Regulation on CO2 emission targets for heavy goods vehicles and buses: the Council has moved in the right direction, but significant risks remain

16/10/2023 |Articles are machine translated

IVECO truck. | Photo: IVECO

The Automobile Industry Association sees the general approach of the Council of the European Union as a move in the right direction. At the same time, however, we have serious concerns about the proposed objectives and approach, which remains very ambitious but also lacks flexibility. On the contrary, we consider the exemption of all long-distance and suburban buses and the postponement of the commitment to fully emission-free urban buses by five years to 2035 to be a significant step in the right direction.


“We have to commend Transport Minister Martin Kupka for pushing through rational adjustments, despite considerable political and opinion “outnumbering” in the Council of Ministers. His proposed modifications have led to a relaxation of the strict emission targets for long-distance, intercity and city buses, a segment which, from the Czech Republic’s perspective, is the world and European leader in the number of buses produced per capita,” says Zdeněk Petzl, Executive Director of the Association of the Automotive Industry.


Although Member States have taken into account some industry concerns, the emission targets set for trucks and buses remain overly ambitious.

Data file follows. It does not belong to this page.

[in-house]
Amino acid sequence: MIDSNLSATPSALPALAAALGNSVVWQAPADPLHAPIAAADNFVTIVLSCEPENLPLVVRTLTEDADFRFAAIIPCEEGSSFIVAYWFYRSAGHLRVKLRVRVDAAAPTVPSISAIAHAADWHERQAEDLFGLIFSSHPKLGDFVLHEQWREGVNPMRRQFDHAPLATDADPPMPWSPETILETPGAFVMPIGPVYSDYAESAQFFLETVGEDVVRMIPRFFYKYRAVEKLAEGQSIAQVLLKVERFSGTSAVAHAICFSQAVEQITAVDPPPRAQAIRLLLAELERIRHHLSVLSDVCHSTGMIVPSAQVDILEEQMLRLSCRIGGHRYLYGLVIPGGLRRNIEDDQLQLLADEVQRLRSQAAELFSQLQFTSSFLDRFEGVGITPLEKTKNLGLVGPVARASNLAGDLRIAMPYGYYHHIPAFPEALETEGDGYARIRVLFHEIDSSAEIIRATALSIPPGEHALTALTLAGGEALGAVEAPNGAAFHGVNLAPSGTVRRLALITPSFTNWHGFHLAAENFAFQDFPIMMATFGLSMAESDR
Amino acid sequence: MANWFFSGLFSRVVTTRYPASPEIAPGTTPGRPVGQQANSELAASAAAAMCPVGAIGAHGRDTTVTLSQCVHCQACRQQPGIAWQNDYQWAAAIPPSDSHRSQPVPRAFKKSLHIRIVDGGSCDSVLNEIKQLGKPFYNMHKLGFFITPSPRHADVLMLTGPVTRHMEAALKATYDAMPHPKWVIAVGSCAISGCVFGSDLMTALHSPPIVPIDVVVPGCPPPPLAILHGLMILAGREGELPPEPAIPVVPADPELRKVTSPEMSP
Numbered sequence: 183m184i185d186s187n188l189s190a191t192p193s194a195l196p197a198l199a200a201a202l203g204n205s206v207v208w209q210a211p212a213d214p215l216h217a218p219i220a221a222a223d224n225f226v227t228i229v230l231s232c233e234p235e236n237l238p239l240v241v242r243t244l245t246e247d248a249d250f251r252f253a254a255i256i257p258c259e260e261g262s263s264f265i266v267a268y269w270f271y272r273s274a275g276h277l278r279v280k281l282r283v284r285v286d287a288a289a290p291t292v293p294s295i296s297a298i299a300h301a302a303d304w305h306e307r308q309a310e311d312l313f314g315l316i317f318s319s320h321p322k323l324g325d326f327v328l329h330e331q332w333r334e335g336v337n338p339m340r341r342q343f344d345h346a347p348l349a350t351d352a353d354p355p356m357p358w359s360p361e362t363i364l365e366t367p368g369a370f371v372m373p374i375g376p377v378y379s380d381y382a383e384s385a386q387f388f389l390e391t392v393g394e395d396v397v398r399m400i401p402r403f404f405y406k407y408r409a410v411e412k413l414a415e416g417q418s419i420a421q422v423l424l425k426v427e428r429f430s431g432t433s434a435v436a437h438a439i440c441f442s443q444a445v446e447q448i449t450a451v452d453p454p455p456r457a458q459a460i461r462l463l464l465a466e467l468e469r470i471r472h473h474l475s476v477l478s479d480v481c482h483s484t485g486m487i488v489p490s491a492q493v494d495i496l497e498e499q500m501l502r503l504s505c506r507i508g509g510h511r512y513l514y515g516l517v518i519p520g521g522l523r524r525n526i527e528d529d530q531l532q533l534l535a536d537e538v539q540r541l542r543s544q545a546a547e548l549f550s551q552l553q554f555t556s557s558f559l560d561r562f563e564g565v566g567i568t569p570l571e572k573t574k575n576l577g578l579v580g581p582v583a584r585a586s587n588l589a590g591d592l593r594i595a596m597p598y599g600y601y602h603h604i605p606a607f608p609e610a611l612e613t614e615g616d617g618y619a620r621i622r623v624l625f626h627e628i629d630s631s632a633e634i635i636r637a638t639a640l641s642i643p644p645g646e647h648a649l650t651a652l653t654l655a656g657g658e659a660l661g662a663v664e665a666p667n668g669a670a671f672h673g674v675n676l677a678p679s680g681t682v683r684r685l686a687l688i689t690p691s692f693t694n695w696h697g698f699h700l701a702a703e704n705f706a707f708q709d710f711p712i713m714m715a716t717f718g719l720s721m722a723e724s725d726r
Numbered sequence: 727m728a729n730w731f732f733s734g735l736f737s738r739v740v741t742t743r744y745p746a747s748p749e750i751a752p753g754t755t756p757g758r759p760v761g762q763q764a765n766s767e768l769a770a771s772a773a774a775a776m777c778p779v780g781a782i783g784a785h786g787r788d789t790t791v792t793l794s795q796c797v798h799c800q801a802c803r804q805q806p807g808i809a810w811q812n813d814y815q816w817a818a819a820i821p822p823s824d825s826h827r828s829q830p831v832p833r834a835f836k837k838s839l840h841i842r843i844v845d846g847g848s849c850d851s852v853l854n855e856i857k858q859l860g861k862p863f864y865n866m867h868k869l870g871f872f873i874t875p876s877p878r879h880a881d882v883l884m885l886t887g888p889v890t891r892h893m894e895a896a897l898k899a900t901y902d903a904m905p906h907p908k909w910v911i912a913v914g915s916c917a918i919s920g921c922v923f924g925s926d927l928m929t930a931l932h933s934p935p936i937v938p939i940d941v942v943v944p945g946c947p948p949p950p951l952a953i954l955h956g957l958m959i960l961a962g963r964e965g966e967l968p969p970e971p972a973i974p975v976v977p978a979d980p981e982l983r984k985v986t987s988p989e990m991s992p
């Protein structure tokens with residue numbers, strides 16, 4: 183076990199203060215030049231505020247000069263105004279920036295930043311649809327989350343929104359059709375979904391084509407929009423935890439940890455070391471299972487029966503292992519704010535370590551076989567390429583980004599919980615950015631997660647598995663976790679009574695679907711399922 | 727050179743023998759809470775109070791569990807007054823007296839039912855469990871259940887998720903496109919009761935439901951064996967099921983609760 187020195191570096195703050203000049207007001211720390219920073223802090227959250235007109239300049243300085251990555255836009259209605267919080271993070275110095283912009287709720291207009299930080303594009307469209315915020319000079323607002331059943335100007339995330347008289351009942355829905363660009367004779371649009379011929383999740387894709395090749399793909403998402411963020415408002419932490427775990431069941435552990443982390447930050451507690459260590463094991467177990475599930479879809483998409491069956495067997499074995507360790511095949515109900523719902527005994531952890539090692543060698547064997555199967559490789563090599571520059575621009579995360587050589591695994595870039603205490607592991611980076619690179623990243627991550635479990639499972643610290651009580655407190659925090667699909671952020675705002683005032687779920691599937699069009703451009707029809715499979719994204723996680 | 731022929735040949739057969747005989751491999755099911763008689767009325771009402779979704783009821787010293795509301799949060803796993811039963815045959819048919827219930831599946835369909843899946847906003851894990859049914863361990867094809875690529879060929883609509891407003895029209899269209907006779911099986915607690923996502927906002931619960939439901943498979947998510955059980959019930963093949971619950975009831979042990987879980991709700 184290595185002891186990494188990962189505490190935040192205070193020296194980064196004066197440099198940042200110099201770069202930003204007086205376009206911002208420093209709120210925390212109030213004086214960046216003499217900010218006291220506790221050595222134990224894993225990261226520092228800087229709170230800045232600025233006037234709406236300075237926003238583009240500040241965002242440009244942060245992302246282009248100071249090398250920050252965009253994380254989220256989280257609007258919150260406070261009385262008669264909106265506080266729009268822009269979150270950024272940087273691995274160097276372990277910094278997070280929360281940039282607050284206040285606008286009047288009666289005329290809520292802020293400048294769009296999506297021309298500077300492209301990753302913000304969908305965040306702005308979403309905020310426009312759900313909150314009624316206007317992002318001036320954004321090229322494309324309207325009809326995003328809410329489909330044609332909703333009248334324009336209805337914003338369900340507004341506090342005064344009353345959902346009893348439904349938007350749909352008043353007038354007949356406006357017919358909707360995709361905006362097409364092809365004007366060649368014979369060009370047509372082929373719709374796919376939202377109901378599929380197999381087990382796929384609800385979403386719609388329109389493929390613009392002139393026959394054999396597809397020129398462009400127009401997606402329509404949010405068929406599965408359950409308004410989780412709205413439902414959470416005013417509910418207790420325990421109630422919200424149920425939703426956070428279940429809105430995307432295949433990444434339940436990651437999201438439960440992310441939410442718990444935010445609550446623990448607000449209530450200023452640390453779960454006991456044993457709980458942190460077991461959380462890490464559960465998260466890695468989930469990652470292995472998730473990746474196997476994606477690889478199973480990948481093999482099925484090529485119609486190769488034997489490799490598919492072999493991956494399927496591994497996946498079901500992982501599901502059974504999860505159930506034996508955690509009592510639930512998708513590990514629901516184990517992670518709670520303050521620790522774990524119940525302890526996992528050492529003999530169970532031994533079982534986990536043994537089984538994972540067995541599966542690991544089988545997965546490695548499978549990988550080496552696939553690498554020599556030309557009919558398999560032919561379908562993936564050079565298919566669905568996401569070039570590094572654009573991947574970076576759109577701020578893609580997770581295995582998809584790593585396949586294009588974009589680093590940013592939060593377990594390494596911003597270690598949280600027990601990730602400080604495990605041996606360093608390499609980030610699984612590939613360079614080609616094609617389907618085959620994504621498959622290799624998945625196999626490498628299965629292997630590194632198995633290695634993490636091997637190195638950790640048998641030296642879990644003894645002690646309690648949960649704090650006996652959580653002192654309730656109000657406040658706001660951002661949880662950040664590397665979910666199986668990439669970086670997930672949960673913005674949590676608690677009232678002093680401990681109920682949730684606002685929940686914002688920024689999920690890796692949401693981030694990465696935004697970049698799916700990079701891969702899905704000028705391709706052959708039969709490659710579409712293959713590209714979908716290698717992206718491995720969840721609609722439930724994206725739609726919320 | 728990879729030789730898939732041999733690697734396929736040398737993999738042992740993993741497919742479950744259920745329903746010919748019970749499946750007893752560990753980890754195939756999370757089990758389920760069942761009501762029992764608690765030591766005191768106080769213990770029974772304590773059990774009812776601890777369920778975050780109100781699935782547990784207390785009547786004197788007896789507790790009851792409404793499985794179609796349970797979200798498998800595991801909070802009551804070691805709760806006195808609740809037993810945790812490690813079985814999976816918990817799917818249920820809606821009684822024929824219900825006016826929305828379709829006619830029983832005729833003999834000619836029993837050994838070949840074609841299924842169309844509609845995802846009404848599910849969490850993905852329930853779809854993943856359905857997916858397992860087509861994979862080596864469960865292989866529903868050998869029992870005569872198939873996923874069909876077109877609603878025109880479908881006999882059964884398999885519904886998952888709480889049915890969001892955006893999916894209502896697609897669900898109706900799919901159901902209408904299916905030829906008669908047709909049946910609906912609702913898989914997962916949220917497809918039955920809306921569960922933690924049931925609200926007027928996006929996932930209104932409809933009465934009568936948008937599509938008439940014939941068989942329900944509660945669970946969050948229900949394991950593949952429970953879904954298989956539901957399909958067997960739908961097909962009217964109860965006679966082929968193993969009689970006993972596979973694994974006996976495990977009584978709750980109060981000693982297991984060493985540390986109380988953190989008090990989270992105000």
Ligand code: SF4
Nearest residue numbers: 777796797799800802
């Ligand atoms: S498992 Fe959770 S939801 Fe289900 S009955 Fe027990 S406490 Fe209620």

The Council’s lack of support for a technology-neutral approach and only marginal mention of CO2-neutral fuels cannot be overlooked. This will prevent their full use to meet decarbonisation targets through the carbon correction factor. This is particularly bad news for biofuels, which are a tried and tested and functional technology and could have made a significant contribution to meeting the targets with their share in the European mix.

We also consider it inadequate to bring forward the review clause for evaluating the effectiveness of measures by one year without the Commission submitting annual monitoring reports. Only on the basis of these could an informed assessment be made as to whether the EU’s infrastructure is indeed ready for the ambitious targets or whether they should be revised.

The true decarbonisation of road transport requires a comprehensive approach that includes not only setting ambitious targets for vehicle manufacturers at EU level, but also intensive support for infrastructure development, including fiscal measures. Without these measures, which need to be taken at the level of each individual Member State to economically incentivise transport operators and users to switch to cleaner vehicles, the objectives of the Regulation will not be met, with negative impacts on markets and the threat of loss of GDP and jobs.

“We would like to remind you that more than 78% of goods and passenger transport in the EU takes place by road. The proposed changes will not only affect manufacturers, but also hauliers and, ultimately, consumers and businesses, who will face price increases for goods and services. Without sufficient incentives, whether on the charging infrastructure or tax measures, it will be difficult to persuade operators to switch from conventional to zero emission vehicles.” says Zdeněk Petzl, Executive Director of the Automotive Industry Association.

The opinion of the European Parliament is now awaited and we therefore call on MEPs to support technology neutrality and responsible regulation with regular review of the targets set.


Ing. Tomáš Jungwirth
Ing. Tomáš Jungwirth

Communications Manager

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